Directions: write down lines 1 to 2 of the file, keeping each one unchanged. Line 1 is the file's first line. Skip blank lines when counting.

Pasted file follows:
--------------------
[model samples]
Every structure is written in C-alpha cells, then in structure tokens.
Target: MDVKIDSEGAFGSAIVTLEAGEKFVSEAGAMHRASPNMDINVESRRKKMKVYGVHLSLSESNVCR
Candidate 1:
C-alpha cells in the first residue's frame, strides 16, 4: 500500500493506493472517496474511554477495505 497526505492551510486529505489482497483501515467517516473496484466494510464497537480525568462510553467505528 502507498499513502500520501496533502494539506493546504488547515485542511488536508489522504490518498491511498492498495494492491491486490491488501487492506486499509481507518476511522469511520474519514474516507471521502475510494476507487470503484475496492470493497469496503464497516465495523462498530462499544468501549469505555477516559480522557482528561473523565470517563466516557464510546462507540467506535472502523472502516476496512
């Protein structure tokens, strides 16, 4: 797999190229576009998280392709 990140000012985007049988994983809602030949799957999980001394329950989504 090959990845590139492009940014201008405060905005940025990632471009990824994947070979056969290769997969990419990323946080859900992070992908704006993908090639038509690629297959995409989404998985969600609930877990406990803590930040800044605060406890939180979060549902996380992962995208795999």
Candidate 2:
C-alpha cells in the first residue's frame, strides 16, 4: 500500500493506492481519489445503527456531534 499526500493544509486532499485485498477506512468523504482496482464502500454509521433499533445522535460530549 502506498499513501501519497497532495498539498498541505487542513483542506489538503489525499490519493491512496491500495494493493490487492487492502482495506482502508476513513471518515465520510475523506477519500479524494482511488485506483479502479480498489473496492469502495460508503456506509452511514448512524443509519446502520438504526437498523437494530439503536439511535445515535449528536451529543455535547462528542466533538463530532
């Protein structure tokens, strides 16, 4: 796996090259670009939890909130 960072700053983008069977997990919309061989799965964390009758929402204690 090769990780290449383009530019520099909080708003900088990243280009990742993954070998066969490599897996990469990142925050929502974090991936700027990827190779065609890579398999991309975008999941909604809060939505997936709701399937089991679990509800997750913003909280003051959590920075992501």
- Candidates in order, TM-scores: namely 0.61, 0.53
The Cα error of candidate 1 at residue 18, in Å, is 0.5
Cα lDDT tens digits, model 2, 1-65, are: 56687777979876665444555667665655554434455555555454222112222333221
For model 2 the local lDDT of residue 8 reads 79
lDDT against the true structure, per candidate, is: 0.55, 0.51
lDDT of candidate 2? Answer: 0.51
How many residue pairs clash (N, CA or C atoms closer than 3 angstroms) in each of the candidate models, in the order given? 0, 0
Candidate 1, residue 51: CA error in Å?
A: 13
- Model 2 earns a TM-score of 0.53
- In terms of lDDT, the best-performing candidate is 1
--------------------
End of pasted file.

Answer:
[model samples]
Every structure is written in C-alpha cells, then in structure tokens.